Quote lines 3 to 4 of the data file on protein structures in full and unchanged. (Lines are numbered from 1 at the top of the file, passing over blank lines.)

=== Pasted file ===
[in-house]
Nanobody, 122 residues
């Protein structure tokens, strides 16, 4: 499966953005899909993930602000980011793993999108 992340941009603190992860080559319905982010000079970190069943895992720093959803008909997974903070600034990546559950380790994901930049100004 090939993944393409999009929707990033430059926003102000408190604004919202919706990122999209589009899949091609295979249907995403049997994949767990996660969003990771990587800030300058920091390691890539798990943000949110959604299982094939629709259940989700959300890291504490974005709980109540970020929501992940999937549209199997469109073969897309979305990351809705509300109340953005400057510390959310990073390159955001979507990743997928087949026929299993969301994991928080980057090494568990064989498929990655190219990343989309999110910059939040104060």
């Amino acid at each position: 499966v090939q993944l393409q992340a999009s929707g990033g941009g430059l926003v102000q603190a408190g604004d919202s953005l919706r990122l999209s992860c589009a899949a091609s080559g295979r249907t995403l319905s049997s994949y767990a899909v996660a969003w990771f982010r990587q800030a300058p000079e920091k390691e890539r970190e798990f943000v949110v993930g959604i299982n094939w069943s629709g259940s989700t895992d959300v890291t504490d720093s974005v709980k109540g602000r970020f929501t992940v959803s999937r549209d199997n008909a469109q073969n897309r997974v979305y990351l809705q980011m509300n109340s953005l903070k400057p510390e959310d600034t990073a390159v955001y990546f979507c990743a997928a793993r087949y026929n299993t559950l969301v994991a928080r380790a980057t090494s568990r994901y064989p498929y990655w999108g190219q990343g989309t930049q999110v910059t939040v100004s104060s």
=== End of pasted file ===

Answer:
């Protein structure tokens, strides 16, 4: 499966953005899909993930602000980011793993999108 992340941009603190992860080559319905982010000079970190069943895992720093959803008909997974903070600034990546559950380790994901930049100004 090939993944393409999009929707990033430059926003102000408190604004919202919706990122999209589009899949091609295979249907995403049997994949767990996660969003990771990587800030300058920091390691890539798990943000949110959604299982094939629709259940989700959300890291504490974005709980109540970020929501992940999937549209199997469109073969897309979305990351809705509300109340953005400057510390959310990073390159955001979507990743997928087949026929299993969301994991928080980057090494568990064989498929990655190219990343989309999110910059939040104060």
């Amino acid at each position: 499966v090939q993944l393409q992340a999009s929707g990033g941009g430059l926003v102000q603190a408190g604004d919202s953005l919706r990122l999209s992860c589009a899949a091609s080559g295979r249907t995403l319905s049997s994949y767990a899909v996660a969003w990771f982010r990587q800030a300058p000079e920091k390691e890539r970190e798990f943000v949110v993930g959604i299982n094939w069943s629709g259940s989700t895992d959300v890291t504490d720093s974005v709980k109540g602000r970020f929501t992940v959803s999937r549209d199997n008909a469109q073969n897309r997974v979305y990351l809705q980011m509300n109340s953005l903070k400057p510390e959310d600034t990073a390159v955001y990546f979507c990743a997928a793993r087949y026929n299993t559950l969301v994991a928080r380790a980057t090494s568990r994901y064989p498929y990655w999108g190219q990343g989309t930049q999110v910059t939040v100004s104060s």